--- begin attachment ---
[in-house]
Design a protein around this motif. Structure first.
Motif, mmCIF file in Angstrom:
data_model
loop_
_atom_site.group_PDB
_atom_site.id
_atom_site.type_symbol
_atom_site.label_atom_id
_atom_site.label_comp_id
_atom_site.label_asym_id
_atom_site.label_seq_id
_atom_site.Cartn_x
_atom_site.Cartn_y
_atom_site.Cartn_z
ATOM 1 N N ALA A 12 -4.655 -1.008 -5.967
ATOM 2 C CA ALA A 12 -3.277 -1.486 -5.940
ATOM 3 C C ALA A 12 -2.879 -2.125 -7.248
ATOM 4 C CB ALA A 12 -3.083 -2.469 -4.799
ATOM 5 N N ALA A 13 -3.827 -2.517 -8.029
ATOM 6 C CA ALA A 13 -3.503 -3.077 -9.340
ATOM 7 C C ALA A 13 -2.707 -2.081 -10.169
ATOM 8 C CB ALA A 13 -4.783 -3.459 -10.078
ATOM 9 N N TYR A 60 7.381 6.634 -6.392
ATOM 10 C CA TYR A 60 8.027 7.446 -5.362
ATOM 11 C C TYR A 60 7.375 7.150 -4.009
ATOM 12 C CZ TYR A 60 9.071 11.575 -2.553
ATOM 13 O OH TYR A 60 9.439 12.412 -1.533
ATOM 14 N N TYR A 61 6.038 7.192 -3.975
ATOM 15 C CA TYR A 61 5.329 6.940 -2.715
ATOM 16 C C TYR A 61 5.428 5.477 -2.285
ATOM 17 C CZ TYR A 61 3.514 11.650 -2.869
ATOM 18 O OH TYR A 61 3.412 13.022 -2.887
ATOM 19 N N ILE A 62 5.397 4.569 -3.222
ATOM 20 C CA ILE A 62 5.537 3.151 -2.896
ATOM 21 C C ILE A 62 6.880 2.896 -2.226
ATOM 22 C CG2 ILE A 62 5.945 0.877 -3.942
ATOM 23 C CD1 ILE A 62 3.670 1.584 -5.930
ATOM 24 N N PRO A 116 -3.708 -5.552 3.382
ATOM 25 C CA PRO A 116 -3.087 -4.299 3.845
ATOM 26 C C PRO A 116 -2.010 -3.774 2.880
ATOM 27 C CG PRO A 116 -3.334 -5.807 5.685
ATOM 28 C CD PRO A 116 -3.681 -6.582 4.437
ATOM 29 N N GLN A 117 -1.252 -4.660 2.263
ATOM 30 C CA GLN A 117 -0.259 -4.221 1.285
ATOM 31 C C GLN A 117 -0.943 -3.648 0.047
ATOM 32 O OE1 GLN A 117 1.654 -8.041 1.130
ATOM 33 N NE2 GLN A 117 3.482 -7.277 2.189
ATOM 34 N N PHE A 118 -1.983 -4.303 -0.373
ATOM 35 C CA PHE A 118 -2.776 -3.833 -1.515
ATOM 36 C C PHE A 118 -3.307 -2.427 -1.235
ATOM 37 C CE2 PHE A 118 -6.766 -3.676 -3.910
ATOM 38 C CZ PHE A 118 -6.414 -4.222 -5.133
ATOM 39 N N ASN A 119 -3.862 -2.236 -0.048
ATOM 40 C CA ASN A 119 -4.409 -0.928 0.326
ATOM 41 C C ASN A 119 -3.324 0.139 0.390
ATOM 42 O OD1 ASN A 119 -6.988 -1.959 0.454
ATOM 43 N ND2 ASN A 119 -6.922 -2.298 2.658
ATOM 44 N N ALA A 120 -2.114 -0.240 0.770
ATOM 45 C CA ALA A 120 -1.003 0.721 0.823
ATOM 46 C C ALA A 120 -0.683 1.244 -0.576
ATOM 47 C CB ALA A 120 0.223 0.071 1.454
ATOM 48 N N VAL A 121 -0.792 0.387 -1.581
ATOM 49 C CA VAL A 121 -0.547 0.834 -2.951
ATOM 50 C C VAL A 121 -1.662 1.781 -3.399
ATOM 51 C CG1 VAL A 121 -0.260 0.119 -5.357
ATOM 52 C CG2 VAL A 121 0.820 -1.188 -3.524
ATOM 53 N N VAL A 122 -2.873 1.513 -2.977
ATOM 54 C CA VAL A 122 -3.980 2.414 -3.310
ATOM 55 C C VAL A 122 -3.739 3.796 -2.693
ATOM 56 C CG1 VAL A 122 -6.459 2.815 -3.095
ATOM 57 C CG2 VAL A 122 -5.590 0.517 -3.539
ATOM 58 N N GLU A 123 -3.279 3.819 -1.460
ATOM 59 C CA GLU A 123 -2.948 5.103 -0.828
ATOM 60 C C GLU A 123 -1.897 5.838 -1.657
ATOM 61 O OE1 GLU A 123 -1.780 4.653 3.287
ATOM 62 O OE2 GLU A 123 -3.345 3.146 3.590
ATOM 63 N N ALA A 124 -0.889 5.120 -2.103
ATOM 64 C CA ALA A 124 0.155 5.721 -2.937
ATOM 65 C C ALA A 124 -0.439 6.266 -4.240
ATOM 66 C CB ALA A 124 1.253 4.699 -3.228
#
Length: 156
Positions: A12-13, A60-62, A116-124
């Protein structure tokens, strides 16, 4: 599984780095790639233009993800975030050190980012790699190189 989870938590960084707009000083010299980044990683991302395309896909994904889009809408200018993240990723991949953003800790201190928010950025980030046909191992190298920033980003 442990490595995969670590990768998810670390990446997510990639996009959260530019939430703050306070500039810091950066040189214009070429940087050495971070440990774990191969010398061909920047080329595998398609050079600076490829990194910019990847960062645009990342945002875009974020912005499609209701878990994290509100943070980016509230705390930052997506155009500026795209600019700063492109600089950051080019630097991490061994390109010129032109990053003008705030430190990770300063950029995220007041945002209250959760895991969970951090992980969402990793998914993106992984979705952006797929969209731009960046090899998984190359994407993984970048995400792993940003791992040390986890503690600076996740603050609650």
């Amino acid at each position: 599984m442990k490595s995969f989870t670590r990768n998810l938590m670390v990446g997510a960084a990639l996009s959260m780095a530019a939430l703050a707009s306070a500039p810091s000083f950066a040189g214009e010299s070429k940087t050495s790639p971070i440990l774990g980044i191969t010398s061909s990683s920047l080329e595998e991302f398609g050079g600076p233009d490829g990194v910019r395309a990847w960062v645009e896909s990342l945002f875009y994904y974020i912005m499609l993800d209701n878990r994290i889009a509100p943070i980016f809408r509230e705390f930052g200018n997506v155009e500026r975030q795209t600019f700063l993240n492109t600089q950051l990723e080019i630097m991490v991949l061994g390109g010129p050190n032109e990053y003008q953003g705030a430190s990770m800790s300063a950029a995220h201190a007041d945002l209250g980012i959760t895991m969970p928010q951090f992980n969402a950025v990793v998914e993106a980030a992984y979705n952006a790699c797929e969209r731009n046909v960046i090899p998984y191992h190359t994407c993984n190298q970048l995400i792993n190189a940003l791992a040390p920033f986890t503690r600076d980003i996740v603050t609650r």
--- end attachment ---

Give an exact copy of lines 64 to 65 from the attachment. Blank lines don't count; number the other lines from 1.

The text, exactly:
ATOM 49 C CA VAL A 121 -0.547 0.834 -2.951
ATOM 50 C C VAL A 121 -1.662 1.781 -3.399